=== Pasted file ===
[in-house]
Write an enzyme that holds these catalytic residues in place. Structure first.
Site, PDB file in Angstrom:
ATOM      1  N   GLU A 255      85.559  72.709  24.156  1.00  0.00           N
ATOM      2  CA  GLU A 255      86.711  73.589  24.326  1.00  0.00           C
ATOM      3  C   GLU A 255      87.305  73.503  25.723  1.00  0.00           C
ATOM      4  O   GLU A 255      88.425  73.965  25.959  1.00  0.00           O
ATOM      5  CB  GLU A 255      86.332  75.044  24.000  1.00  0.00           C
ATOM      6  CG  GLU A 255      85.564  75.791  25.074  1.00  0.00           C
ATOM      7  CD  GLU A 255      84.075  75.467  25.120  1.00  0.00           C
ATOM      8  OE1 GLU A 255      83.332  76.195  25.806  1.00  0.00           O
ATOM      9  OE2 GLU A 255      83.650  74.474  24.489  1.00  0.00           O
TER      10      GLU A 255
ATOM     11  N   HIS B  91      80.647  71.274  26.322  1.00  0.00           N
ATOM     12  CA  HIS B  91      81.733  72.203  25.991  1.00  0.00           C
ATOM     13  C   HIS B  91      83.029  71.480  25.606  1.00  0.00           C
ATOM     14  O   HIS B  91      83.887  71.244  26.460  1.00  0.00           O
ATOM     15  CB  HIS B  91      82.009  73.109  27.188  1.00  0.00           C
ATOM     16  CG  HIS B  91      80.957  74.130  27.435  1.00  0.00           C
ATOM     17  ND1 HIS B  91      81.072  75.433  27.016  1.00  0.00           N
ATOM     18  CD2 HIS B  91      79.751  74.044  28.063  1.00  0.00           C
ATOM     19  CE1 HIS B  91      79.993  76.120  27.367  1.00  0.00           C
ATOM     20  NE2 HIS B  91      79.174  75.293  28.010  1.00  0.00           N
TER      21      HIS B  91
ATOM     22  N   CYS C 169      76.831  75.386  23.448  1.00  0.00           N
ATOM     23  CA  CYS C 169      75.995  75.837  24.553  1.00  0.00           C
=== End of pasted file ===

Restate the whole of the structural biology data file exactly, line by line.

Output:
[in-house]
Write an enzyme that holds these catalytic residues in place. Structure first.
Site, PDB file in Angstrom:
ATOM      1  N   GLU A 255      85.559  72.709  24.156  1.00  0.00           N
ATOM      2  CA  GLU A 255      86.711  73.589  24.326  1.00  0.00           C
ATOM      3  C   GLU A 255      87.305  73.503  25.723  1.00  0.00           C
ATOM      4  O   GLU A 255      88.425  73.965  25.959  1.00  0.00           O
ATOM      5  CB  GLU A 255      86.332  75.044  24.000  1.00  0.00           C
ATOM      6  CG  GLU A 255      85.564  75.791  25.074  1.00  0.00           C
ATOM      7  CD  GLU A 255      84.075  75.467  25.120  1.00  0.00           C
ATOM      8  OE1 GLU A 255      83.332  76.195  25.806  1.00  0.00           O
ATOM      9  OE2 GLU A 255      83.650  74.474  24.489  1.00  0.00           O
TER      10      GLU A 255
ATOM     11  N   HIS B  91      80.647  71.274  26.322  1.00  0.00           N
ATOM     12  CA  HIS B  91      81.733  72.203  25.991  1.00  0.00           C
ATOM     13  C   HIS B  91      83.029  71.480  25.606  1.00  0.00           C
ATOM     14  O   HIS B  91      83.887  71.244  26.460  1.00  0.00           O
ATOM     15  CB  HIS B  91      82.009  73.109  27.188  1.00  0.00           C
ATOM     16  CG  HIS B  91      80.957  74.130  27.435  1.00  0.00           C
ATOM     17  ND1 HIS B  91      81.072  75.433  27.016  1.00  0.00           N
ATOM     18  CD2 HIS B  91      79.751  74.044  28.063  1.00  0.00           C
ATOM     19  CE1 HIS B  91      79.993  76.120  27.367  1.00  0.00           C
ATOM     20  NE2 HIS B  91      79.174  75.293  28.010  1.00  0.00           N
TER      21      HIS B  91
ATOM     22  N   CYS C 169      76.831  75.386  23.448  1.00  0.00           N
ATOM     23  CA  CYS C 169      75.995  75.837  24.553  1.00  0.00           C